By Jamie Ryder
The Manchester Children’s Book Festival partnered with the Manchester Centre of Gothic Studies and hosted it’s final event on Sunday with the Gothic Manchester Presents: Danny Weston and Sally Green showcase at Waterstones, Deansgate.
The event saw both authors in discussion with Manchester Metropolitan University Lecturer Dr Sorcha Ni Fhlainn.
Sally is the author of the international best-selling Half-Bad trilogy about a witch named Nathan who must come to terms with his own identity. She read an extract from Half-Bad and talked about how she grew up being influenced by books like Wuthering Heights and was inspired by characters like Heathcliffe when writing the trilogy.
Sally explained her writing process comes from sticking to deadlines and being able to travel to pick up ideas from her environment. For example, she came across an ancient amulet in the John Rylands Library and it helped her to move forward with her story.
Danny Weston is the pen-name of Philip Caveney who is the author of the best selling Sebastian Darke YA series. The books recount the adventures of a failed jester called Sebastian Darke and his companions. Philip talked about how his sense of the gothic was ingrained since childhood and his writing has no alignment in terms of geographical location. One of the locales in his book is Romney Marsh in Kent and Philip mentioned it was one of the scariest places he’d ever been to.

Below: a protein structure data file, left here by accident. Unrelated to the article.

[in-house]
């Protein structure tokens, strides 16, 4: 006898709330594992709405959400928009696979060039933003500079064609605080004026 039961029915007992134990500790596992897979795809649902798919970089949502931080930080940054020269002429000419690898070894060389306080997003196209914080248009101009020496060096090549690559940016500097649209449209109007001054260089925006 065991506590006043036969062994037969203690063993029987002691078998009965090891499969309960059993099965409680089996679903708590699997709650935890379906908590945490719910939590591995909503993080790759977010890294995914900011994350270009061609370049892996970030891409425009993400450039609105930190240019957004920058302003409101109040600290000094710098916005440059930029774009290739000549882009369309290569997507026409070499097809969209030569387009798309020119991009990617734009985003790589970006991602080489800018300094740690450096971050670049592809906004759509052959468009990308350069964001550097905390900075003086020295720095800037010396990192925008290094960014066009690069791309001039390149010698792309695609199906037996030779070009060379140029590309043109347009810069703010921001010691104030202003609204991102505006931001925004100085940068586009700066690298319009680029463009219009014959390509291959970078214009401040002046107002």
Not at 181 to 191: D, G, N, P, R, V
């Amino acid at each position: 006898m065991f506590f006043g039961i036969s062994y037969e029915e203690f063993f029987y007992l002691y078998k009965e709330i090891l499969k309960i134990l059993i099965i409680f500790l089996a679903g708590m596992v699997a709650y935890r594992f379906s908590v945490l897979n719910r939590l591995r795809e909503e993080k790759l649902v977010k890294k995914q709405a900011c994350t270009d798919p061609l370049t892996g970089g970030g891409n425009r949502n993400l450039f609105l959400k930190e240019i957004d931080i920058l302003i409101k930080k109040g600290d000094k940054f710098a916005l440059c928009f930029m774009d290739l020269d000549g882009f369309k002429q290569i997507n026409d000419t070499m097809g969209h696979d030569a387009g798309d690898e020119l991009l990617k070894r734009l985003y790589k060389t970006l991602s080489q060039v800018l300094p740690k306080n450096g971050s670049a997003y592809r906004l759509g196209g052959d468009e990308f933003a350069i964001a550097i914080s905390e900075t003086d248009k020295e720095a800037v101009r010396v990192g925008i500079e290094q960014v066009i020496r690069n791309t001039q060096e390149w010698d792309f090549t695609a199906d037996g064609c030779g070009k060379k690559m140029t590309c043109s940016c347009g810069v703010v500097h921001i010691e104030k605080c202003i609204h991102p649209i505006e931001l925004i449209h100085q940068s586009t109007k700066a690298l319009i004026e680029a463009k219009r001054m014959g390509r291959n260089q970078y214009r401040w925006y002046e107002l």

The audience was given the opportunity to ask questions and a man asked about whether creative writing courses were useful for improving stories. Sally admitted she found the courses she did online were helpful because she was able to get constructive feedback after writing Half-Bad in 2010. Philip spoke about the writer’s workshop he ran in Manchester and how feedback is essential for finding out what works and what doesn’t in a novel.
Audience members asked about what direction did the authors think the YA genre would go in future. Philip thought it was impossible to predict and ideas from the past had a tendency to come around again in popular culture. Another question came from a young man who wanted to know how the authors represented real teenage issues within their genres. Sally said the themes of her book concentrate on bullying, with Nathan trying to get over the labels that have been placed on him. Philip mentioned he liked to put his characters through the ringer and that conflict is the driving force of his novels.
The event ended with a round of applause and Festival Director Kaye Tew summed up the event saying, “This has been an interesting discussion about YA fiction and it highlights the boundaries between YA and adult literature. Hopefully, the event will encourage more young people to read.”